In a cinematic world of superheroes and romantic comedies, “What They Had” is refreshingly real and honest. When it is estimated that dementia affects one in 14, odds are you either know someone who has it or you know someone whose family is affected by it. This movie captures the tough decisions, heart breaking realizations, and comical interludes.
Ruth (Blythe Danner), who suffers the late stages of Dementia, sneaks out of her Chicago townhouse on a snowy night, headed for her childhood home. Burt (Robert Forster), her loving and devoted husband, can’t find her and in his panic contacts his children; Nick and Bridget. The family swarms to the hospital where Ruth is brought for treatment, and viewers get the first glimpse of the family dynamic and the issues real families must deal with daily.
Nick (Michael Shannon) lives near his parents and has been pressuring his dad to move his mom into a care facility for quite some time. Nick’s surly demeanor is perfectly played by Shannon, and his side story involves a long-term girlfriend pressuring marriage, and a bar he owns which he has dumped all his money into and which his father has never bothered to visit. Bridget (Hilary Swank) lives in California and flies home to figure out next steps as she has power of attorney. Bridget’s indecisiveness and seemingly favorite status drives much of the dialogue between she and Nick and provides much of the comic relief a subject like this needs.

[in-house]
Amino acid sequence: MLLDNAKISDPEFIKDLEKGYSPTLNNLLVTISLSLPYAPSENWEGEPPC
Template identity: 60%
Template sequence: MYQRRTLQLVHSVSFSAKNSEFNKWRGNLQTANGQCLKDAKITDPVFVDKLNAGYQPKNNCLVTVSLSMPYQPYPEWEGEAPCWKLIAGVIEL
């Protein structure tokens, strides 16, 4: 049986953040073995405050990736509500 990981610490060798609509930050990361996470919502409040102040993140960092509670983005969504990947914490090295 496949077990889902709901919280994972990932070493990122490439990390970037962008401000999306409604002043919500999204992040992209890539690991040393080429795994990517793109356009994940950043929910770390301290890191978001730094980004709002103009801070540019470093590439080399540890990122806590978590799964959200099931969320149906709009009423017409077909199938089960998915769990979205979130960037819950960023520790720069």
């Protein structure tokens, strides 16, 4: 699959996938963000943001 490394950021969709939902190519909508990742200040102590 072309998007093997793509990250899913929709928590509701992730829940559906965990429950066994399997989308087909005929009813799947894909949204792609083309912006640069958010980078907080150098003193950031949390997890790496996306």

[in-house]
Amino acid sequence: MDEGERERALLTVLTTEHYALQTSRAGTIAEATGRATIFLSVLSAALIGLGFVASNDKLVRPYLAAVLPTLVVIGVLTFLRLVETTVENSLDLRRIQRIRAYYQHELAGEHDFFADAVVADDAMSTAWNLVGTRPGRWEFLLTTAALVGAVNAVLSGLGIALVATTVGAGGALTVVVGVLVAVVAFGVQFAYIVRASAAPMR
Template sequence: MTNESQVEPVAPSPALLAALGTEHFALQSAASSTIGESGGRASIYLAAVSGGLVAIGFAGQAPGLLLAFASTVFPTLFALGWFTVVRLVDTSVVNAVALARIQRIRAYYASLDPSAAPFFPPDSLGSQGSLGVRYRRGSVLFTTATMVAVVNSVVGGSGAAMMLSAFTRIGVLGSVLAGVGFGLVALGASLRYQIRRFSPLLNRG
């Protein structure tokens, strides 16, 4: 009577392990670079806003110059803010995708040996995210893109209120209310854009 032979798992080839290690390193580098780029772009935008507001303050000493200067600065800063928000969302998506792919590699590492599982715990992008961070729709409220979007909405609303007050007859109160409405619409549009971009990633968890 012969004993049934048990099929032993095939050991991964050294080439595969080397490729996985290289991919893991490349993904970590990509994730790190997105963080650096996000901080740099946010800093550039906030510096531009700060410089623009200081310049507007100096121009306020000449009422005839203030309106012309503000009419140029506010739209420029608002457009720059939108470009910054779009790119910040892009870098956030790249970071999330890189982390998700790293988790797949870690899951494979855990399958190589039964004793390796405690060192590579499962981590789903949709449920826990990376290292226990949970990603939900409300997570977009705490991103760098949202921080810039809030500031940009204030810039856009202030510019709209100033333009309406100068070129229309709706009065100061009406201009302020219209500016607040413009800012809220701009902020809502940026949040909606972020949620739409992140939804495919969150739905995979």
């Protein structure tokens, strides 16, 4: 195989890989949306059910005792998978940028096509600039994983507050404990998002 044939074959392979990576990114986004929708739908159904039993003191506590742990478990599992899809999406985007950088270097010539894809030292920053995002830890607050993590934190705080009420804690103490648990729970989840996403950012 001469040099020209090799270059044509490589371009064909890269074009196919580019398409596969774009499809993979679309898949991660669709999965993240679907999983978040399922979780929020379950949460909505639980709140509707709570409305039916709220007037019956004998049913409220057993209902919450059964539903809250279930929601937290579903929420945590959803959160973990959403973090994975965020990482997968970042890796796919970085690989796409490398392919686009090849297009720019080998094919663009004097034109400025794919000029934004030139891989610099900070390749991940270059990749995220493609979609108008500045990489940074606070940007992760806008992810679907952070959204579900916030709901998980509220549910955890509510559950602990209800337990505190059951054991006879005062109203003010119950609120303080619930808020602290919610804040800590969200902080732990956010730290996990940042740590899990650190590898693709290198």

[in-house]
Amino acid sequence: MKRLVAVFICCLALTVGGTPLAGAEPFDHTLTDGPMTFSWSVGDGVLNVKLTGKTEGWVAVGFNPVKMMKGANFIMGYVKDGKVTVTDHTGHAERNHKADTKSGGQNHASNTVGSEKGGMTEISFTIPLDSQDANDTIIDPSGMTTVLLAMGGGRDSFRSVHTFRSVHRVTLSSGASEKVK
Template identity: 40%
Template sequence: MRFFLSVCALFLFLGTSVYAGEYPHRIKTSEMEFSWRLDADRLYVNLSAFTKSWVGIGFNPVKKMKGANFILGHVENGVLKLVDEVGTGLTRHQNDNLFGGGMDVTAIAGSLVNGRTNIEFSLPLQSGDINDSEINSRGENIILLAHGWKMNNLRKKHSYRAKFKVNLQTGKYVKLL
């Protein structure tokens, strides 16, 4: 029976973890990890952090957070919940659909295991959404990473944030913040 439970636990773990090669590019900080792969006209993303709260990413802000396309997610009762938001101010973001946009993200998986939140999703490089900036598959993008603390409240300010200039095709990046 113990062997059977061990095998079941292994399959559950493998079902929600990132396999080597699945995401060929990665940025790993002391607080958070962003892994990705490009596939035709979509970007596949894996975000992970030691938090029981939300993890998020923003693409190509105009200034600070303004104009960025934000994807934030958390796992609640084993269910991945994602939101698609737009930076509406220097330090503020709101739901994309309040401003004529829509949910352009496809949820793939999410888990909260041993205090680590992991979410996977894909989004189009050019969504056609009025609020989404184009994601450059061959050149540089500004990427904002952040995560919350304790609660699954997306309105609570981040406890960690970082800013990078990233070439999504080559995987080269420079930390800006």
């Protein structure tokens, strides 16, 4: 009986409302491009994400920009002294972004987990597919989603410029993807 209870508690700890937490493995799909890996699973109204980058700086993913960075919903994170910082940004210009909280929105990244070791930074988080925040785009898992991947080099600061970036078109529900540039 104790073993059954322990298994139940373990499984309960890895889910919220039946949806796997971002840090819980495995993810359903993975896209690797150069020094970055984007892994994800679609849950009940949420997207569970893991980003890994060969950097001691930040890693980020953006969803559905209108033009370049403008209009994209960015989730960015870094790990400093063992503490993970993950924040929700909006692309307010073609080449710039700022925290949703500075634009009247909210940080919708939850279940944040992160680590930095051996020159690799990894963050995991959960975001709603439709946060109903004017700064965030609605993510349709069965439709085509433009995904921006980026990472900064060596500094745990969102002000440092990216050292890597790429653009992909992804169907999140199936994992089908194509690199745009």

A movie dealing with late stage dementia could be viewed as heavy and depressing, however, beautifully thought out scenes of tenderness and comedy break up the movie and provide viewers moments of smiling and laughter. In one scene Nick confesses to Bridget that their mom hit on him, and in another Ruth tells the family she is expecting a baby.
I would highly recommend this movie, to viewers of all ages. It is a brief peak into what many of us will deal with one day, and a glimmering hope that we will find love and laughter in small moments. “What They Had” is rated R due to language and brief sexual reference. The movie runs 101 minutes and is set for release January 8 to Netflix, iTunes, and Amazon.
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